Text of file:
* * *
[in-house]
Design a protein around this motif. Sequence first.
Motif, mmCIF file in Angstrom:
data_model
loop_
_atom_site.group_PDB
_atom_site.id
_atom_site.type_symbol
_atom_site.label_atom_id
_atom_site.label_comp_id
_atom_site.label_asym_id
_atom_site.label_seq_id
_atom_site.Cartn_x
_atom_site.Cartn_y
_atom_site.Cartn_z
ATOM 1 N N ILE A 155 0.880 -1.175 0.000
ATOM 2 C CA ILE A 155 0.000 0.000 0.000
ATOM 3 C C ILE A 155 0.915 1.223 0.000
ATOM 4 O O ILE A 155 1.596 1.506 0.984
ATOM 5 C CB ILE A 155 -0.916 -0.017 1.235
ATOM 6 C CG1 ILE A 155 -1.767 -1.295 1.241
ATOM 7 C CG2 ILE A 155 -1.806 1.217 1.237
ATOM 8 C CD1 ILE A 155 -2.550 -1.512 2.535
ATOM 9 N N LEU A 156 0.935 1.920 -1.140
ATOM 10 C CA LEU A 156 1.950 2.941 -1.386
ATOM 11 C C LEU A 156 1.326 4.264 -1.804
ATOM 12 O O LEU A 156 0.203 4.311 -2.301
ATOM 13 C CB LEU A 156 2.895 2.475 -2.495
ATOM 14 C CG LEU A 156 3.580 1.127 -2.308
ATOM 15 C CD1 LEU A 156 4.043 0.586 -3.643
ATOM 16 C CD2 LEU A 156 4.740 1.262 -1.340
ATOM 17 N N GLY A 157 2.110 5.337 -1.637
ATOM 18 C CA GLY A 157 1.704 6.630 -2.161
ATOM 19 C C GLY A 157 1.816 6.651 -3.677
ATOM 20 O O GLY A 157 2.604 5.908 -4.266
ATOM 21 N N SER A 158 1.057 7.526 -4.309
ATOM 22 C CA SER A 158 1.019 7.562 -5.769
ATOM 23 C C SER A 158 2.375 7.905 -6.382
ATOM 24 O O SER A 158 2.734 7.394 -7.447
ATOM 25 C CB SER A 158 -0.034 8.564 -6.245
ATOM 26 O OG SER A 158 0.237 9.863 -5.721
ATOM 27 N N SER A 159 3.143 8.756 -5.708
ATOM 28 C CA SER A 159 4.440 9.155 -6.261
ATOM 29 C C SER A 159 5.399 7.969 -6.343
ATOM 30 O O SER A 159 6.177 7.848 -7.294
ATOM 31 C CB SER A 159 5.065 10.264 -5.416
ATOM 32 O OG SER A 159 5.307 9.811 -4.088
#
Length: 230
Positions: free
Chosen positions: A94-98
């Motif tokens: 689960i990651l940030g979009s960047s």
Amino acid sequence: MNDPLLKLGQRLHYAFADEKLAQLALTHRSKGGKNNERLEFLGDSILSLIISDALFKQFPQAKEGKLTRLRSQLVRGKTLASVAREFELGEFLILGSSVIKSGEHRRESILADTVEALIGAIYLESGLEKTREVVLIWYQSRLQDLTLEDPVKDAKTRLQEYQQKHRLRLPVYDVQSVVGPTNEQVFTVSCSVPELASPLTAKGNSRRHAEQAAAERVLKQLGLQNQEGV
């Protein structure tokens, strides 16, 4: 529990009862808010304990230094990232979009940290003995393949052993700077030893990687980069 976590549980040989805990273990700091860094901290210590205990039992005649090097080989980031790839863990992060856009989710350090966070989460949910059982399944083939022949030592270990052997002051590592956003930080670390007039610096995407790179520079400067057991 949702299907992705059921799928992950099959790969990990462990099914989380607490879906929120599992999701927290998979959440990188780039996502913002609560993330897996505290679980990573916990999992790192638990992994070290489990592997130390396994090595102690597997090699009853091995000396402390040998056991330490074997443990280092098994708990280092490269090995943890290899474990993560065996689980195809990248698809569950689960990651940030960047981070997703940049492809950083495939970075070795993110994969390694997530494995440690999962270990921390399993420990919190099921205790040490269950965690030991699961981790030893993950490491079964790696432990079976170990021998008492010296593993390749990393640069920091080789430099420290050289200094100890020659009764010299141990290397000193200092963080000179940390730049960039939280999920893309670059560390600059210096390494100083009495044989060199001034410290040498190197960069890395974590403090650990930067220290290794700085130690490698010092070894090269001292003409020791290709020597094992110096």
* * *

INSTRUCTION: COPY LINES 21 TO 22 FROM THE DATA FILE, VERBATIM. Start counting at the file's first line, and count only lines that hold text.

ATOM 6 C CG1 ILE A 155 -1.767 -1.295 1.241
ATOM 7 C CG2 ILE A 155 -1.806 1.217 1.237